About the author:
I couldn’t find an Amazon page with information for the author, and his Goodreads page has little other than the books he’s reading and his thanks to reviewers (you can check here) but I found a post about the launch of his novel that contains some information. You can read it here in full.
I quote a bit from it:
Gracias is an environmental specialist who has worked as a consultant in the resources industry since 1994. He is also the CEO of Instinct India which has been involved with bringing Bollywood film and TV projects such as “Singh is Kinng” to be shot in Australia. The film went on to become the highest-grossing Bollywood film of 2008. Based on the tourism generated over the film, Instinct India was nominated for the Premier’s Export awards in that year.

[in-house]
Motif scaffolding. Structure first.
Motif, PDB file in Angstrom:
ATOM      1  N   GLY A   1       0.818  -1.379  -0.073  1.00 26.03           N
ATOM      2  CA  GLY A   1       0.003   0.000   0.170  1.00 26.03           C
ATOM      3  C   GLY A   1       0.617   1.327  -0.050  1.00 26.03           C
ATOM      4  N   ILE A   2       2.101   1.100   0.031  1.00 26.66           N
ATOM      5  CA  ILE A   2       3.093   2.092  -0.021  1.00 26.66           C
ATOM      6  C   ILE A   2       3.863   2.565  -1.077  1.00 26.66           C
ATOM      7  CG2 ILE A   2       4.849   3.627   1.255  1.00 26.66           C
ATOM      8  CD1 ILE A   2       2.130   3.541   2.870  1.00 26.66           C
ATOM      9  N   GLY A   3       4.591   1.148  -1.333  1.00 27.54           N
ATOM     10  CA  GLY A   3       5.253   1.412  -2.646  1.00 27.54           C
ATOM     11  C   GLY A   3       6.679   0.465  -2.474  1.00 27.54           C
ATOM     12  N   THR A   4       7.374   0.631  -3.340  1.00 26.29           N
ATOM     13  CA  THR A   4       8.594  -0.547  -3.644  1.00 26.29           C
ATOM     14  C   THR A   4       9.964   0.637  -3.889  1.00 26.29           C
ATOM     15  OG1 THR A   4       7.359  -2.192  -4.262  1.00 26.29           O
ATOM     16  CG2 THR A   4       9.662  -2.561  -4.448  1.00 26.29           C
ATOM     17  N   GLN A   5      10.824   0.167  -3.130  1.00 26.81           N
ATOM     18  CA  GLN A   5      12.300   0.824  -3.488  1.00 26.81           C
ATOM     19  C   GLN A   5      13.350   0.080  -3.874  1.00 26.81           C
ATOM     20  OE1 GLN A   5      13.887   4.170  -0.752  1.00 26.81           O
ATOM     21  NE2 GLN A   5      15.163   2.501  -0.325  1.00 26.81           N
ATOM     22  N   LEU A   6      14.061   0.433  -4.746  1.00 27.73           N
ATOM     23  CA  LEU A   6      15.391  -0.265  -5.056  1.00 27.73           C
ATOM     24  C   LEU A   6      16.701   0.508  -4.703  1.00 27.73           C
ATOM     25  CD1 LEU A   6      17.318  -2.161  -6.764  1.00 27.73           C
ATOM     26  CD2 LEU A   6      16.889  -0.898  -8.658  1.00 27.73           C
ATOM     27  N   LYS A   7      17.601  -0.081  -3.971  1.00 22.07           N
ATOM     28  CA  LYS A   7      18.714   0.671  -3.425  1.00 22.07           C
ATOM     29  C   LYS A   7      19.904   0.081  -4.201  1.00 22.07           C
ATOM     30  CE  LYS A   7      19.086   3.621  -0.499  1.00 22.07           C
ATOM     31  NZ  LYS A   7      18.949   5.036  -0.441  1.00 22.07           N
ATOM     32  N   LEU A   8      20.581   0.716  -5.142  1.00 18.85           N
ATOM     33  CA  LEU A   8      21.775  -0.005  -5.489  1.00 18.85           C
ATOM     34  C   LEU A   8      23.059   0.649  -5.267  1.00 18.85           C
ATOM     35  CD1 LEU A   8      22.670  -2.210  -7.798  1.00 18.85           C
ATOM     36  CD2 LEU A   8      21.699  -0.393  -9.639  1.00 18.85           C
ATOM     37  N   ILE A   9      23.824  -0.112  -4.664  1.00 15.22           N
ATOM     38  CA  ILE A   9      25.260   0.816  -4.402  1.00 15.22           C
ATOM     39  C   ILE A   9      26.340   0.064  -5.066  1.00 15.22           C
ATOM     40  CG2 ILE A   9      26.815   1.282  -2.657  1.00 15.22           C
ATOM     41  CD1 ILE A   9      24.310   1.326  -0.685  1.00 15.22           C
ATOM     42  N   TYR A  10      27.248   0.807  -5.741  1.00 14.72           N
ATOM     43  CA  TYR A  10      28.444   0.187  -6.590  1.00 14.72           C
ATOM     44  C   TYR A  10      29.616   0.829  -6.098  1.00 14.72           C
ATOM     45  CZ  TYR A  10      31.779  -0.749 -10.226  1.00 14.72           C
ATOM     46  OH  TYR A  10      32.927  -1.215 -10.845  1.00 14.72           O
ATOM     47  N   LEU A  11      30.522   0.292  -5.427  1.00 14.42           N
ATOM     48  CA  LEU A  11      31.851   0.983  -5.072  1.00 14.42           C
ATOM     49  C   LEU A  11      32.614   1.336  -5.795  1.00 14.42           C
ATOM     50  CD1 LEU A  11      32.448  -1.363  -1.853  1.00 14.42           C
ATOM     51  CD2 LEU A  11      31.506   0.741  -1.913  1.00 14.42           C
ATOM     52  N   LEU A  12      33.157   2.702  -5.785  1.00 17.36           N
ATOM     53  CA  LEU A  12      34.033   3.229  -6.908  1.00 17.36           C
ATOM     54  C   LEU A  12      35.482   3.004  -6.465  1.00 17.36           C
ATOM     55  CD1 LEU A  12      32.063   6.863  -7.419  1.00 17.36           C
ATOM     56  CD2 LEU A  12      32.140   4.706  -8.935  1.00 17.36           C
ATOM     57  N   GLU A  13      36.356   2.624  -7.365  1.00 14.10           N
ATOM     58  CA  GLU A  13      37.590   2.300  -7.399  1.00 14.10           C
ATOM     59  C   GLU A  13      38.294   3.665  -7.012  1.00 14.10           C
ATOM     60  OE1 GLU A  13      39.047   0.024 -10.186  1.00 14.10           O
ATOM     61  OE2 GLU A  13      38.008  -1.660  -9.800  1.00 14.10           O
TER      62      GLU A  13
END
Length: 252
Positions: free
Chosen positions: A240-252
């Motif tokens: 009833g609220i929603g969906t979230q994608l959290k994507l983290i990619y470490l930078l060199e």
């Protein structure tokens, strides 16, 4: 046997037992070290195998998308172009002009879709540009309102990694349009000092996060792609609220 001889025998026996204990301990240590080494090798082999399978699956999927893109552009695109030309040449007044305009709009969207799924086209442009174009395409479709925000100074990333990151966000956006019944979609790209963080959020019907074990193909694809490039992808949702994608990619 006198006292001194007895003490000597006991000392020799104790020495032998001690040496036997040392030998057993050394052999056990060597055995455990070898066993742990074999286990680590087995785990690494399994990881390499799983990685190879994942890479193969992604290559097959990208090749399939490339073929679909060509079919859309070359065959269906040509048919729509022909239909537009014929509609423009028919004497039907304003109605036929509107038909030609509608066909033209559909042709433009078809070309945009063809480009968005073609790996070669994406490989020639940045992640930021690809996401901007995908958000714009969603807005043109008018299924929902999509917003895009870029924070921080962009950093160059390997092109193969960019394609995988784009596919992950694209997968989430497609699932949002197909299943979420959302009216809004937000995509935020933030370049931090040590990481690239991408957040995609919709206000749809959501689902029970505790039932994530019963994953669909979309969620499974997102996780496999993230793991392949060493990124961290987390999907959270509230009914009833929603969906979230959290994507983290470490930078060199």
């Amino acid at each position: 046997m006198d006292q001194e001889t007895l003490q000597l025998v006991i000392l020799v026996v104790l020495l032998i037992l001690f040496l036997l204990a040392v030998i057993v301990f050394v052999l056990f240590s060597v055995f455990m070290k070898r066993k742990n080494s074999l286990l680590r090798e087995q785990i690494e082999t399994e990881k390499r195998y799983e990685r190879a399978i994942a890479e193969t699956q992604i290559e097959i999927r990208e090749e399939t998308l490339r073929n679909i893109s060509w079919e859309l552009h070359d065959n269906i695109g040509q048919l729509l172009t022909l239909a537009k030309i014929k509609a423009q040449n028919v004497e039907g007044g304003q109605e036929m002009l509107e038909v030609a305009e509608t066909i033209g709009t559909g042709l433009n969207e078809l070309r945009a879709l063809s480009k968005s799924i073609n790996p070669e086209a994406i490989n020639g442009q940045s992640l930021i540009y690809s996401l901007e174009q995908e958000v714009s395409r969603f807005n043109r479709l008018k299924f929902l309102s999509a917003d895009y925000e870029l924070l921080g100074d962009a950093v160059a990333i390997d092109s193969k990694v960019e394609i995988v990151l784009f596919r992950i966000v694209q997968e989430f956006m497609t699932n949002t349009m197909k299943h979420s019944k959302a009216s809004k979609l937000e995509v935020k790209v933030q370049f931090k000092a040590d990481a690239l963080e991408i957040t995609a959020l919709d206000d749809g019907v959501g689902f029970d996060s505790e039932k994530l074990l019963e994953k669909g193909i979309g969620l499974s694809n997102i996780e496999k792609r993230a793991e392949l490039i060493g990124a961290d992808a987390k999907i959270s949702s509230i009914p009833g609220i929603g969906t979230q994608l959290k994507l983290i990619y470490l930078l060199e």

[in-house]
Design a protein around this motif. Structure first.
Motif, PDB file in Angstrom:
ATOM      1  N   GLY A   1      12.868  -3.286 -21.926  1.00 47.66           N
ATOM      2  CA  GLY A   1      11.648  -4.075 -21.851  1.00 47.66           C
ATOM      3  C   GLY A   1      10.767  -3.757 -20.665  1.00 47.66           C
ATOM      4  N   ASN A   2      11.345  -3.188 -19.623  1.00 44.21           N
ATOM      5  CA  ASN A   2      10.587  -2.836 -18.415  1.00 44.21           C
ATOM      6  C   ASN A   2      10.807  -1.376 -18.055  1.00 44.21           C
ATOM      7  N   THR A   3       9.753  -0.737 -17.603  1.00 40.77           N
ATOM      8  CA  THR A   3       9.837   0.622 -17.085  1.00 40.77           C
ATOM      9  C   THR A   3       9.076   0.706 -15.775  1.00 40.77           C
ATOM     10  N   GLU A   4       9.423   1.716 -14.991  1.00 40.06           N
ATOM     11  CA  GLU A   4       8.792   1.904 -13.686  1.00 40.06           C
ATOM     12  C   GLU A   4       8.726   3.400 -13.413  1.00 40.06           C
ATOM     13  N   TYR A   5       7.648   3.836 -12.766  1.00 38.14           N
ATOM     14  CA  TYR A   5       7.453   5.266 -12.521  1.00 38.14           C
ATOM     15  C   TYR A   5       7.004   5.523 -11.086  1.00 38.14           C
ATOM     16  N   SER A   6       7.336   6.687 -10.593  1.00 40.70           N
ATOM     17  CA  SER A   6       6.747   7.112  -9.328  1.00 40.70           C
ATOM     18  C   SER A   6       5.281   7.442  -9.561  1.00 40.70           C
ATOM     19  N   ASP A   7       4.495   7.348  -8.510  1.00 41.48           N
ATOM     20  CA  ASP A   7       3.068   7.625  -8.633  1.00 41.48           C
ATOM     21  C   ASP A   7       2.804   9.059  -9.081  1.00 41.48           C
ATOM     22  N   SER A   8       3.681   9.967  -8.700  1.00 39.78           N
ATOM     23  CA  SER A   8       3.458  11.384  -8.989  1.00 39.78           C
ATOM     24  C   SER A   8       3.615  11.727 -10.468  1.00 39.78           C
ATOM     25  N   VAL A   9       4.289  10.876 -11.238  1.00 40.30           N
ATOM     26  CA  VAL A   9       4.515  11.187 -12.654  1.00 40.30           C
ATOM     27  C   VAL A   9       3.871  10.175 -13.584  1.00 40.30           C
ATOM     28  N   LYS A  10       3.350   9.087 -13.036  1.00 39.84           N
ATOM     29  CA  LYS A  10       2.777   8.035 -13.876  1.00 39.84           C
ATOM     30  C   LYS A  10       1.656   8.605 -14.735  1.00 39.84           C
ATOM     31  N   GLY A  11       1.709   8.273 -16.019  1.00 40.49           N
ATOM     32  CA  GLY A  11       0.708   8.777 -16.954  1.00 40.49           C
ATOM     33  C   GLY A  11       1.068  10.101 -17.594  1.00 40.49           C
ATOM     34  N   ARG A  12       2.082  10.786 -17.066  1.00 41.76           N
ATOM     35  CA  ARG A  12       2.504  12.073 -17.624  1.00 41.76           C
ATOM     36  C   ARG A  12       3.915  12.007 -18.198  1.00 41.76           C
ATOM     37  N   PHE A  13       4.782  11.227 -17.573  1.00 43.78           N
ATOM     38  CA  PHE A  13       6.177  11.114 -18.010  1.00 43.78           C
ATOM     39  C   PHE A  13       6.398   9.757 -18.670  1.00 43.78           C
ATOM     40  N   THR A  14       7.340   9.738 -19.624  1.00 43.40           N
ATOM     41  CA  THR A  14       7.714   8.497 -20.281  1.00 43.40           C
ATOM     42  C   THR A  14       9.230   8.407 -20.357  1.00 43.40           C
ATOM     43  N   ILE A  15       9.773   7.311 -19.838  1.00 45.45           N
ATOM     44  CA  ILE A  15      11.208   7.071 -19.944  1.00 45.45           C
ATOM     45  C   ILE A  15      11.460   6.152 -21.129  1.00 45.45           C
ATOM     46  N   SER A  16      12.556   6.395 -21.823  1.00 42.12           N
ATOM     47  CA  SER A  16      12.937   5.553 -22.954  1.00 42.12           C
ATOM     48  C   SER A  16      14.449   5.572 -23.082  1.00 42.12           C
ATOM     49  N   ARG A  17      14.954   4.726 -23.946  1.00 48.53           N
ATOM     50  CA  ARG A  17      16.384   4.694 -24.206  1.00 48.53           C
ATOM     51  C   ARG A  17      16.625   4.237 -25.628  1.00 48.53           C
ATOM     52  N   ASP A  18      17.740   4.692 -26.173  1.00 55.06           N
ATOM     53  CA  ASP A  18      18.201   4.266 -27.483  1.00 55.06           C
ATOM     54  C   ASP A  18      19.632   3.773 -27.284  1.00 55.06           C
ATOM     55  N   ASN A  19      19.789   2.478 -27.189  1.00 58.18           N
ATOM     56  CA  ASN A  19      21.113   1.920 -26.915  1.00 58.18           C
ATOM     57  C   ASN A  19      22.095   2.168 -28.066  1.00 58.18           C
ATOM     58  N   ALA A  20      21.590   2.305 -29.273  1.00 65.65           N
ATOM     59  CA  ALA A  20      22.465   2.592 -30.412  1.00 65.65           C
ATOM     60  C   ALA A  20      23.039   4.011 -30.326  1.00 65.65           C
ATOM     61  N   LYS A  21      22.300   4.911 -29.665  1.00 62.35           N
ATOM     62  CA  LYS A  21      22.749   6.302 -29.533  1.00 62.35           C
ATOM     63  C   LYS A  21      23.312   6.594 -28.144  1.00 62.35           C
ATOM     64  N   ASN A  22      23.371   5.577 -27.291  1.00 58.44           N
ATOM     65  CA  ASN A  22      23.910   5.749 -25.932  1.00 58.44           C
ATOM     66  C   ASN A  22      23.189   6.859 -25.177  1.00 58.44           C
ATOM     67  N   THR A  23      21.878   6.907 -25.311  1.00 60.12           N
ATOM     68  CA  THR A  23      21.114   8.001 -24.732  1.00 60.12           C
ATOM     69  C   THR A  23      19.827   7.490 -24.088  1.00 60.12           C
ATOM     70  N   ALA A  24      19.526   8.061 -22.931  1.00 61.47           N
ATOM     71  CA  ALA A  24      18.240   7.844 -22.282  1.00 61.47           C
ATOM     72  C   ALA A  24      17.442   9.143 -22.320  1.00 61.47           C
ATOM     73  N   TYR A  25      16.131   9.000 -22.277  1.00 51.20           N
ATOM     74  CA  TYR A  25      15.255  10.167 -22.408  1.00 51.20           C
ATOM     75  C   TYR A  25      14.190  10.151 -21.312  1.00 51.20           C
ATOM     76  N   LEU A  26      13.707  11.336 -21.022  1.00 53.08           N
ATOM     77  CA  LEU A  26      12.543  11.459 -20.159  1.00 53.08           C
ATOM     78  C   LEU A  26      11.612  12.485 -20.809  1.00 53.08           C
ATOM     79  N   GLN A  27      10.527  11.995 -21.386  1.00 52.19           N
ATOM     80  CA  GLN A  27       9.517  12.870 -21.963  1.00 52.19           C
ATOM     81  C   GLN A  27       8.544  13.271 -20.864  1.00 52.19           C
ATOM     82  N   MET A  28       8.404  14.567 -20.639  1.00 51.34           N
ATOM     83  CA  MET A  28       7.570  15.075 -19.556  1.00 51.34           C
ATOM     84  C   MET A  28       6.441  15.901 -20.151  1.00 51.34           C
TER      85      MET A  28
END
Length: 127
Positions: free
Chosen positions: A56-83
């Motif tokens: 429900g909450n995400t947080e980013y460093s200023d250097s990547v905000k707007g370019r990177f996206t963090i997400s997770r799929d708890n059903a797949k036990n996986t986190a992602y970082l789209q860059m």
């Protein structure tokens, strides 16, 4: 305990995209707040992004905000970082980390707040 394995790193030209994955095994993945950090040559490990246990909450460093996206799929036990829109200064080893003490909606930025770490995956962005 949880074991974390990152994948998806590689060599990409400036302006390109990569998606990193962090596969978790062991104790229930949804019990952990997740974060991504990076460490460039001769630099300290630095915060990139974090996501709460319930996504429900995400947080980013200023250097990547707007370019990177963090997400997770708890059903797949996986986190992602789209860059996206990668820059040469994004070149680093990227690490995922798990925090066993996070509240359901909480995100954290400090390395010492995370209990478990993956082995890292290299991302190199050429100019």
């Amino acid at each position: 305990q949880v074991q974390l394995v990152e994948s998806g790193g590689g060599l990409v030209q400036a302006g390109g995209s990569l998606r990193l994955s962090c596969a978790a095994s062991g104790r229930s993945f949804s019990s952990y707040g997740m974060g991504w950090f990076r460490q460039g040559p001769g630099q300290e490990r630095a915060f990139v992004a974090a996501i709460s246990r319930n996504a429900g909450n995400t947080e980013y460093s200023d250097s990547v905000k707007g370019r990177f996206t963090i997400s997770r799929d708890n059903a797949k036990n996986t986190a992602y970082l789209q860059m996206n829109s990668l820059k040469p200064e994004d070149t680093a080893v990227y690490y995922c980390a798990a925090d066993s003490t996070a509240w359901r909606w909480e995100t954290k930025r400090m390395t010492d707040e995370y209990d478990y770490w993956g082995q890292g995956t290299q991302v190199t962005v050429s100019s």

Here is the blog where the author, who is also a photographer, shares his pictures of the locations for the film. He’s also shared some interesting facts about his use of NetGalley as his main marketing tool (you can check that post here).
Thanks to Net Galley and to Australian eBook Publisher (the author?) for offering me an ARC copy of this novel that I voluntarily choose to review.
As I do sometimes I checked some of the reviews of this book and I found that most people were really positive, and, interestingly, people who didn’t like it gave as reasons some of the same ones that made others like it. We all know nothing rules over personal taste.